Sunday, October 24, 2010

Editorial: WikiLeaks' document release


Above is the front of The New York Times on Saturday. Word to the wise, you don't want to make the cover of the Saturday paper. It's the least read edition.

If WikiLeaks made any big mistake in their Friday release of US military documents pertaining to the Iraq War, it was in releasing them on Friday and so late on Friday. The news cycle remains a Monday through Friday cycle. You've never noticed how many times MSNBC runs so many of those bookend programs Crimes Caught on Camera and Caught On Camera?

The documents (the equivalent of 800 telephone books, according to NBC Nightly News) contain many revelations including that the military knew things were worse than was being admitted. Instead of admitting it, the Pentagon blamed reporters, as was pointed out Saturday on NBC Nightly News.

Richard Engel: The problem is they don't reflect what we were being told by the military at the time. Particularly before the surge, the military was saying that the situation on the ground was better than was being reported, that it was reporters who were exaggerating the problem. These documents show that the military knew full well how bad the situation was and was telling itself and reporting it internally that there was a really serious situation in Iraq.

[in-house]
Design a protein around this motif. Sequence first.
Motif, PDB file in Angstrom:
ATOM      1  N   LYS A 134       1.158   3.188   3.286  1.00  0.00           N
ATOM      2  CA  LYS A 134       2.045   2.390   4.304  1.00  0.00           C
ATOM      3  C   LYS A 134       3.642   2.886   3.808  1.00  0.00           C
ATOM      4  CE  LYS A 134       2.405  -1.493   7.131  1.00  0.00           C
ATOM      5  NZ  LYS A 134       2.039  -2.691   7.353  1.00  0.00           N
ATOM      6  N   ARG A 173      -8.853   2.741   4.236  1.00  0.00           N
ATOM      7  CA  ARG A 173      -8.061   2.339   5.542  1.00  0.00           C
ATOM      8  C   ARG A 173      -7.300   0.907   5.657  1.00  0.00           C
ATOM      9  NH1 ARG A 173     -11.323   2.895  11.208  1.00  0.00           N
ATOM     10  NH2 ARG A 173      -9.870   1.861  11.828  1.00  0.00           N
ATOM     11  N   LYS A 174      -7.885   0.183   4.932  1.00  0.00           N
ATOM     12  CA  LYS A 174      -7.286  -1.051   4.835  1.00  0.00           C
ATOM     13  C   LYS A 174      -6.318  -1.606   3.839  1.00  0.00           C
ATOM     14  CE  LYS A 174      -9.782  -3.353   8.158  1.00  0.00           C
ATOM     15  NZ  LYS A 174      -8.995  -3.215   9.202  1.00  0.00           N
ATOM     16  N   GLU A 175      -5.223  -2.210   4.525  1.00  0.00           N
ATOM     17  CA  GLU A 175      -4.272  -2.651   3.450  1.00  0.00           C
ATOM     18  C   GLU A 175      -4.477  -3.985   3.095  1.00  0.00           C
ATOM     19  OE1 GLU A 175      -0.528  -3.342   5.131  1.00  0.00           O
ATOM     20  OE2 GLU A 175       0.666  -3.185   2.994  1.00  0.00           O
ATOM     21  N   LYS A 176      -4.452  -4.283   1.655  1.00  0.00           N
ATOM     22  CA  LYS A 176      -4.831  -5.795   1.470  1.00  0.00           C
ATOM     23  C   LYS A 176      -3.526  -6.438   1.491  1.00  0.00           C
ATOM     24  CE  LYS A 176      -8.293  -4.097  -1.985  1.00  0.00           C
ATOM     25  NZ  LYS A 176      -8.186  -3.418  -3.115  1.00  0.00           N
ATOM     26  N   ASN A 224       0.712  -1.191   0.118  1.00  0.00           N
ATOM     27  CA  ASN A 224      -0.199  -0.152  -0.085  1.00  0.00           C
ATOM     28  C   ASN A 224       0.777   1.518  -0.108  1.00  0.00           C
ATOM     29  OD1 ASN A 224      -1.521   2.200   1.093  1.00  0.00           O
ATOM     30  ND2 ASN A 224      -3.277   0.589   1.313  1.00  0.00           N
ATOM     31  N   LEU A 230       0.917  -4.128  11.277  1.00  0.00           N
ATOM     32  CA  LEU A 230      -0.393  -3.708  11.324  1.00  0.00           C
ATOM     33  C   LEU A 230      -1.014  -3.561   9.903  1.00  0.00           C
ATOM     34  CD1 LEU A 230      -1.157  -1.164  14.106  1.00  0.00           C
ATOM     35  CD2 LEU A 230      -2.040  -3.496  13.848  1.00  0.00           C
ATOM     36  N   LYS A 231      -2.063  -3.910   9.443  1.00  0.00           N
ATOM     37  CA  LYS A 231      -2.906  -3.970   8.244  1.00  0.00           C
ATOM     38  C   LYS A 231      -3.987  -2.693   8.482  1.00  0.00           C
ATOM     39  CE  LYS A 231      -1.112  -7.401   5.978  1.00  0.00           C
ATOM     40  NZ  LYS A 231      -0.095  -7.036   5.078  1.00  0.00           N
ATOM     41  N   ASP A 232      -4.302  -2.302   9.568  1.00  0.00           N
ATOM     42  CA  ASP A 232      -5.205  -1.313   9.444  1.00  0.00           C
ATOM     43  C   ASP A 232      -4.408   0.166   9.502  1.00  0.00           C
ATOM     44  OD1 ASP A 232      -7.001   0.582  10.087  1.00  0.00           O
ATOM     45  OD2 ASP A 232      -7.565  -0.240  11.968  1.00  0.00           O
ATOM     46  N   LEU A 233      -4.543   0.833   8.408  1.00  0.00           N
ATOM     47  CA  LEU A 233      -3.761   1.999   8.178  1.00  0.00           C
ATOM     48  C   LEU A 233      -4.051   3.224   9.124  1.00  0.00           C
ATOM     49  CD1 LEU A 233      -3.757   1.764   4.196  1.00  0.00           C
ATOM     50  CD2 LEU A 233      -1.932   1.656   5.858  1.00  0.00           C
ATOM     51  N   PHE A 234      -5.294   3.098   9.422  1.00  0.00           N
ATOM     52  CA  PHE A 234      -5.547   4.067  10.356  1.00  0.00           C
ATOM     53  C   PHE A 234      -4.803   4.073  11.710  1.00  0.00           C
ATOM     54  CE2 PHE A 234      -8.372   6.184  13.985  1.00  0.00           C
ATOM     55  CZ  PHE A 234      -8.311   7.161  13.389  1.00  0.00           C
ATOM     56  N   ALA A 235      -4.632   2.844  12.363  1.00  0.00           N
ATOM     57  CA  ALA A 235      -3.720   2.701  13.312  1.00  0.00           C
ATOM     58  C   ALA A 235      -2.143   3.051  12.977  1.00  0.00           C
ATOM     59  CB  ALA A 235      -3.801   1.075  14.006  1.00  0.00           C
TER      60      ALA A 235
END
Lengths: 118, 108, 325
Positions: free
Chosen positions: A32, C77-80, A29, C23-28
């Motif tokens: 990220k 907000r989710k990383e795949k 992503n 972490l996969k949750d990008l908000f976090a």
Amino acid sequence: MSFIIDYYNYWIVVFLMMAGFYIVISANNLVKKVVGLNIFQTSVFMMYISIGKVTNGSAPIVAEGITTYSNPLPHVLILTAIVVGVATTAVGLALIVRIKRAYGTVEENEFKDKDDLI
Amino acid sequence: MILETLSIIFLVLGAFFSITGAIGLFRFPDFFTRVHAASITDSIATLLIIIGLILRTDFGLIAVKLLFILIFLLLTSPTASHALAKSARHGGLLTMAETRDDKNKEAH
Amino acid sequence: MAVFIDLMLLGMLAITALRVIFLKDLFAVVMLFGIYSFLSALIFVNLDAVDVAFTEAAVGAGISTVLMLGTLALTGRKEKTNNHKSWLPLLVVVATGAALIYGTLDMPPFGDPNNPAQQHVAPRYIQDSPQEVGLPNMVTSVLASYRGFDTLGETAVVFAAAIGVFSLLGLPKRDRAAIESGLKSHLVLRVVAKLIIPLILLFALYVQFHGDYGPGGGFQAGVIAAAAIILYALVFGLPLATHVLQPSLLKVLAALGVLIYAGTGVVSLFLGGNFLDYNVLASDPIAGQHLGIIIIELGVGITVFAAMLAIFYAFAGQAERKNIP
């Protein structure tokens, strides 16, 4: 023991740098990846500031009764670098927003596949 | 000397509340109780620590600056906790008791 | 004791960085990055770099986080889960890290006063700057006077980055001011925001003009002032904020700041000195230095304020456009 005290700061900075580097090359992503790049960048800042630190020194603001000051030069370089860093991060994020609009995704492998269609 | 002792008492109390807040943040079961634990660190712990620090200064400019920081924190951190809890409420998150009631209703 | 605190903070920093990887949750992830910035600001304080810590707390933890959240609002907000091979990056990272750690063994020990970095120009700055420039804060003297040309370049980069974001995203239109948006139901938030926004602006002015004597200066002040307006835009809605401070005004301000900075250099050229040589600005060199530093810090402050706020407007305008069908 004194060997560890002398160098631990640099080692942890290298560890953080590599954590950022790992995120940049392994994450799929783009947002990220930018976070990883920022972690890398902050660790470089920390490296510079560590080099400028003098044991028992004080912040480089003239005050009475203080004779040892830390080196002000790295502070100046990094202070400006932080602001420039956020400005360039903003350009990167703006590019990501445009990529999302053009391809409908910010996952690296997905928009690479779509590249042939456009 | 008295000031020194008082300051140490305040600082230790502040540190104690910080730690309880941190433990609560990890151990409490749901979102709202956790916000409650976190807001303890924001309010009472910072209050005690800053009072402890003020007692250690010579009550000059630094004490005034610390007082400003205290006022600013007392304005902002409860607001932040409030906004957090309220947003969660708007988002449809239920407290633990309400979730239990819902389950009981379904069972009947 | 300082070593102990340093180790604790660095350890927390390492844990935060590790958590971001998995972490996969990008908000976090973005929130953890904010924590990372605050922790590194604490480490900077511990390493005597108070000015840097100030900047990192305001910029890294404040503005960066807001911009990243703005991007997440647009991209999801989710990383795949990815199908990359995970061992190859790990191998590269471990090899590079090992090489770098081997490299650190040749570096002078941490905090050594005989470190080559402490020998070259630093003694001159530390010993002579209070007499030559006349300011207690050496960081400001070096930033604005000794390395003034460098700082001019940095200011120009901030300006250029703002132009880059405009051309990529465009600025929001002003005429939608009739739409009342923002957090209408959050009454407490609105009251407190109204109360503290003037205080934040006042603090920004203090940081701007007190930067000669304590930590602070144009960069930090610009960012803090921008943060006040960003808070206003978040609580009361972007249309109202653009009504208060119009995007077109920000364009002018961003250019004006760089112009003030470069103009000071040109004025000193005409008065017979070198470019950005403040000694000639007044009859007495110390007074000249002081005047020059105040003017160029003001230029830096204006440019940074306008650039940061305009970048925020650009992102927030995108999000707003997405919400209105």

The Pentagon lied. At the start of the war, this wasn't a controversial statement to make. But since Rolling Stone walked out on those 2003 'news' briefings, has the press really raised the issue?

No. They've ignored it and repeatedly ignored it.

The documents note the torture and murder of Iraqi detainees that were tortured by Iraqi forces.

The US government knew this -- under George W. Bush and under Barack Obama -- they knew this. There was a video of an execution in December 2009 and there was no follow up after the report was filed. Explain that.

And explain to us how Iraq continues to receive funds? Didn't the 1997 Leahy Amendment (recently back in the news due to abuses in Pakistan)forbid funds going to any forces who were even suspected of torture?

The Nobel Peace Prize winning president didn't stop torture, didn't even stop funding torture. It's not good news for the Cult of St. Barack.

Nor is Angus Stickler's "Obama administration handed over detainees despite reports of torture" (The Bureau of Investigative Journalism) which notes War Crimes: